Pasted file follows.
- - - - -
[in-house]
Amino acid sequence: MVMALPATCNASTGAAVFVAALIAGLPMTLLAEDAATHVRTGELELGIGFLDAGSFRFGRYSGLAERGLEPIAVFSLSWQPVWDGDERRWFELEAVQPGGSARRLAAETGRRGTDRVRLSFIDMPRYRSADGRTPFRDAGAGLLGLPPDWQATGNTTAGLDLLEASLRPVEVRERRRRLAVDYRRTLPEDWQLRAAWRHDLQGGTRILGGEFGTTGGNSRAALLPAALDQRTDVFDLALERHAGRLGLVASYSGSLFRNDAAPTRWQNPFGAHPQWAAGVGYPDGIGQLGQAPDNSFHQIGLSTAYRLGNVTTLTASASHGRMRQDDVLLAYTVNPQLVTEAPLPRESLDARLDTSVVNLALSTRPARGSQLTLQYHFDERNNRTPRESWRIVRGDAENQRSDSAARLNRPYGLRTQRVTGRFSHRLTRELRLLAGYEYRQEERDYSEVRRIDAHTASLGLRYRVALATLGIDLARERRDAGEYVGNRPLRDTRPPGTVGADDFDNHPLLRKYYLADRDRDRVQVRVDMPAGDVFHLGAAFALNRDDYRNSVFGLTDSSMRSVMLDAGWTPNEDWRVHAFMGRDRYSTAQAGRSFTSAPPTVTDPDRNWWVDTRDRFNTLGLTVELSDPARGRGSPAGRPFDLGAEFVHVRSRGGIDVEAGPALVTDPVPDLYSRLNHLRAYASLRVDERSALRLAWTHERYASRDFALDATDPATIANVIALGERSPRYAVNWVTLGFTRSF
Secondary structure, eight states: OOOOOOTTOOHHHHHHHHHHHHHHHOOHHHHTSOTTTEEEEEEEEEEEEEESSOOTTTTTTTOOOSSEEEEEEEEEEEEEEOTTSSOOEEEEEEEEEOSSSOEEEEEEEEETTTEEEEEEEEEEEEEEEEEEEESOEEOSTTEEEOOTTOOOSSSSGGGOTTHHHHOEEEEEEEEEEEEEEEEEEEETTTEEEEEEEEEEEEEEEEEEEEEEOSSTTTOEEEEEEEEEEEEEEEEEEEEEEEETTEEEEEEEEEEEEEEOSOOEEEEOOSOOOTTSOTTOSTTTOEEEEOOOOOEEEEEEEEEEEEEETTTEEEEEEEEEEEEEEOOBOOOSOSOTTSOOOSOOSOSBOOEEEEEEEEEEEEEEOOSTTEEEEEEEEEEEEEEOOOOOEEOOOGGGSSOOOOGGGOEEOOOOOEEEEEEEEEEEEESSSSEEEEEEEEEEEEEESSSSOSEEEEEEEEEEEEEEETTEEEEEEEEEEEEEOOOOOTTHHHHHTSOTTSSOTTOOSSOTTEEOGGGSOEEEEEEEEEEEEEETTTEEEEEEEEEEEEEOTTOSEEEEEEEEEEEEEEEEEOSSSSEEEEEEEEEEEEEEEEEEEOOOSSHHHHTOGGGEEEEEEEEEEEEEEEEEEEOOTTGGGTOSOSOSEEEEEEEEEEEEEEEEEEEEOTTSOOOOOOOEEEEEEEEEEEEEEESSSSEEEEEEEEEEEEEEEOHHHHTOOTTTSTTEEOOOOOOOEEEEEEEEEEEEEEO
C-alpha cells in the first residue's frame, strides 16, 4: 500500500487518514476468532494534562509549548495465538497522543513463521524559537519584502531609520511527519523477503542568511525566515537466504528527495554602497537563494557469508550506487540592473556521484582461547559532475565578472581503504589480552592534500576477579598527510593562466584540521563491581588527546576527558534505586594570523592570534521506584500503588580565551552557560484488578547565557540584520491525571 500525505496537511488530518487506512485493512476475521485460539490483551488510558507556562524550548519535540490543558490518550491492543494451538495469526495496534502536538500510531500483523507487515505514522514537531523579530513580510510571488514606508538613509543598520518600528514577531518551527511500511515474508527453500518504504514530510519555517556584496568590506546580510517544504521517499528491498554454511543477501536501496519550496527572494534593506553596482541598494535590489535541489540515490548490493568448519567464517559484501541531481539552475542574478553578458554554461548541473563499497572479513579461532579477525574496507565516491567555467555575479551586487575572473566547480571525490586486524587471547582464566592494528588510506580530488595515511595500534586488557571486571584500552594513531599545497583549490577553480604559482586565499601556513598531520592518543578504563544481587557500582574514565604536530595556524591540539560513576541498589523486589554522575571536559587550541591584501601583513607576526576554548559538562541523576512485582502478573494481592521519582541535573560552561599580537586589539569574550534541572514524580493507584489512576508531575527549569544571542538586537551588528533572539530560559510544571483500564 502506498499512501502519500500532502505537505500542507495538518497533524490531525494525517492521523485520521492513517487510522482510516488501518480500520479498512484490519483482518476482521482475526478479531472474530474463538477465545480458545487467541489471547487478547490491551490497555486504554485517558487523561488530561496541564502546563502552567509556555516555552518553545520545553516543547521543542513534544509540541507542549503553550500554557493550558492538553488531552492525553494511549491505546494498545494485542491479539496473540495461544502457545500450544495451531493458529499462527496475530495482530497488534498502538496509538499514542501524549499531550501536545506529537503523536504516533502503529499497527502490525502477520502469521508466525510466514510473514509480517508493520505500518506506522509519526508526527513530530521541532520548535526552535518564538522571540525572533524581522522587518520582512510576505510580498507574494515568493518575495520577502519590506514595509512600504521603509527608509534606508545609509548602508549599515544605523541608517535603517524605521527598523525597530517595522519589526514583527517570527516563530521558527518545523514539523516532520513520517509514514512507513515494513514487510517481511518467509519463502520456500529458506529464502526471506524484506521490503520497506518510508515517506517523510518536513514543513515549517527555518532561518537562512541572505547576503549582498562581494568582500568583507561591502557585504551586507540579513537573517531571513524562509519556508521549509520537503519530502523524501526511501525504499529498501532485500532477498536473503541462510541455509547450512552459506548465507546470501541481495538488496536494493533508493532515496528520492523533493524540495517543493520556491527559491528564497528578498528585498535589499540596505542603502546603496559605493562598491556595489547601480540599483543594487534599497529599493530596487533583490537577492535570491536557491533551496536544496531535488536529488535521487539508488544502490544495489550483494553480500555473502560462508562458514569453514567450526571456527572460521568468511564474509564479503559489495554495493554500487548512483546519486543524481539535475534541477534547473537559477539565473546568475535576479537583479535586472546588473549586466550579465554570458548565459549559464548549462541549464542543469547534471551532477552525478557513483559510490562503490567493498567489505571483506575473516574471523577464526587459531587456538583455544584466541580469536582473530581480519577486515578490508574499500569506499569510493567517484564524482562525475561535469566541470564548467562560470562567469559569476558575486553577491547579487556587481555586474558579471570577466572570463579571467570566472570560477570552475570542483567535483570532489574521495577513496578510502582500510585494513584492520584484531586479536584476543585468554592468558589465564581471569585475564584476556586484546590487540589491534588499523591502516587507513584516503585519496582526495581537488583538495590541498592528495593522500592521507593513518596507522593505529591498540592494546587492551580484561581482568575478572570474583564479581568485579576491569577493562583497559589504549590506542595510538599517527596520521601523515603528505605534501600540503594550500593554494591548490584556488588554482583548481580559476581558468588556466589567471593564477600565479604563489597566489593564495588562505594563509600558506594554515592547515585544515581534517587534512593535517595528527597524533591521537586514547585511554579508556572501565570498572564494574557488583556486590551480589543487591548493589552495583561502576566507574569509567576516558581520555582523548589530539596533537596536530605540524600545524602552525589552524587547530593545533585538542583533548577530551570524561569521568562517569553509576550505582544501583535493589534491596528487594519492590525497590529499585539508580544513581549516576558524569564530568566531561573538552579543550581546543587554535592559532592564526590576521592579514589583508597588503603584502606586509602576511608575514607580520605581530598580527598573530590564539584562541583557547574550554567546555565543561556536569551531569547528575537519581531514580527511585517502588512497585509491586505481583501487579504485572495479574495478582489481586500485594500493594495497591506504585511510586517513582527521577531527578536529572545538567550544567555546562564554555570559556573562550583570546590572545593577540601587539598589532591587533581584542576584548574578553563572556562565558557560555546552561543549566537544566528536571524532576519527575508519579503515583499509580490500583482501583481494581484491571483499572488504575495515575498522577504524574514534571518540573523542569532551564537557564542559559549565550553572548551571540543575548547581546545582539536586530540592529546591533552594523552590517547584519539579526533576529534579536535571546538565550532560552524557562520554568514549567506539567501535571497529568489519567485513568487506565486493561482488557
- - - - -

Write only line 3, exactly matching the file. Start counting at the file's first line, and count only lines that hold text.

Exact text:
Secondary structure, eight states: OOOOOOTTOOHHHHHHHHHHHHHHHOOHHHHTSOTTTEEEEEEEEEEEEEESSOOTTTTTTTOOOSSEEEEEEEEEEEEEEOTTSSOOEEEEEEEEEOSSSOEEEEEEEEETTTEEEEEEEEEEEEEEEEEEEESOEEOSTTEEEOOTTOOOSSSSGGGOTTHHHHOEEEEEEEEEEEEEEEEEEEETTTEEEEEEEEEEEEEEEEEEEEEEOSSTTTOEEEEEEEEEEEEEEEEEEEEEEEETTEEEEEEEEEEEEEEOSOOEEEEOOSOOOTTSOTTOSTTTOEEEEOOOOOEEEEEEEEEEEEEETTTEEEEEEEEEEEEEEOOBOOOSOSOTTSOOOSOOSOSBOOEEEEEEEEEEEEEEOOSTTEEEEEEEEEEEEEEOOOOOEEOOOGGGSSOOOOGGGOEEOOOOOEEEEEEEEEEEEESSSSEEEEEEEEEEEEEESSSSOSEEEEEEEEEEEEEEETTEEEEEEEEEEEEEOOOOOTTHHHHHTSOTTSSOTTOOSSOTTEEOGGGSOEEEEEEEEEEEEEETTTEEEEEEEEEEEEEOTTOSEEEEEEEEEEEEEEEEEOSSSSEEEEEEEEEEEEEEEEEEEOOOSSHHHHTOGGGEEEEEEEEEEEEEEEEEEEOOTTGGGTOSOSOSEEEEEEEEEEEEEEEEEEEEOTTSOOOOOOOEEEEEEEEEEEEEEESSSSEEEEEEEEEEEEEEEOHHHHTOOTTTSTTEEOOOOOOOEEEEEEEEEEEEEEO